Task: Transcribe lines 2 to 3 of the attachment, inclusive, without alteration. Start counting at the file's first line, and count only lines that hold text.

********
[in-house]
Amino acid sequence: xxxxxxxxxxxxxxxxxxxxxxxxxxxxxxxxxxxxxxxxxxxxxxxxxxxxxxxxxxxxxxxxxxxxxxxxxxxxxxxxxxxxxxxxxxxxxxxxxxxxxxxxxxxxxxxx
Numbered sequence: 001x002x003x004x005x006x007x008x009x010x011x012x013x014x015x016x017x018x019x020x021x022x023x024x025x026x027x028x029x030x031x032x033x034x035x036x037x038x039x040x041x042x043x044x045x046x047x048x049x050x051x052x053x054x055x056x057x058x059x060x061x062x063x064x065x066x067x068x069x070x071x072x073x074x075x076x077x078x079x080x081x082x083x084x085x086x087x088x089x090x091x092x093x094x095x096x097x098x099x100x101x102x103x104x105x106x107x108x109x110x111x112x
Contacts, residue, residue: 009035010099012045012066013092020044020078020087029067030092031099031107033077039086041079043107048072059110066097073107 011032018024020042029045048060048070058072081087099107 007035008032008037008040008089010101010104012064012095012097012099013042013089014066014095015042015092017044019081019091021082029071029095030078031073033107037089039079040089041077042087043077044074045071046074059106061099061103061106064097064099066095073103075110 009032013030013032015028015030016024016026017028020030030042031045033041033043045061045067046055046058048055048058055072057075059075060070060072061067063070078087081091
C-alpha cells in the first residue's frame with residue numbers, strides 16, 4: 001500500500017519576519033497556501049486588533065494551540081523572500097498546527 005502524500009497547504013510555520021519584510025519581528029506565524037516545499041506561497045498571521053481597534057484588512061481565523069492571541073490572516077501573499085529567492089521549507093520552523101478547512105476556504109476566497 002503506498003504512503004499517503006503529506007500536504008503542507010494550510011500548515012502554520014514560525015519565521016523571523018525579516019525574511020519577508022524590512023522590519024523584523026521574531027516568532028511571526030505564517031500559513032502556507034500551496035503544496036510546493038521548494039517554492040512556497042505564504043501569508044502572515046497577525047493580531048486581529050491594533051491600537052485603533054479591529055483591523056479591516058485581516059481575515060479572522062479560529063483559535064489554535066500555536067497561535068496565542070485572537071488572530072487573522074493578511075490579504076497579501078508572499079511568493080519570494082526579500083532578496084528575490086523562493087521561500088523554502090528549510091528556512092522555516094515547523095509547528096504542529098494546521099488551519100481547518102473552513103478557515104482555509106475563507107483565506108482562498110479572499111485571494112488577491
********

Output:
Amino acid sequence: xxxxxxxxxxxxxxxxxxxxxxxxxxxxxxxxxxxxxxxxxxxxxxxxxxxxxxxxxxxxxxxxxxxxxxxxxxxxxxxxxxxxxxxxxxxxxxxxxxxxxxxxxxxxxxxx
Numbered sequence: 001x002x003x004x005x006x007x008x009x010x011x012x013x014x015x016x017x018x019x020x021x022x023x024x025x026x027x028x029x030x031x032x033x034x035x036x037x038x039x040x041x042x043x044x045x046x047x048x049x050x051x052x053x054x055x056x057x058x059x060x061x062x063x064x065x066x067x068x069x070x071x072x073x074x075x076x077x078x079x080x081x082x083x084x085x086x087x088x089x090x091x092x093x094x095x096x097x098x099x100x101x102x103x104x105x106x107x108x109x110x111x112x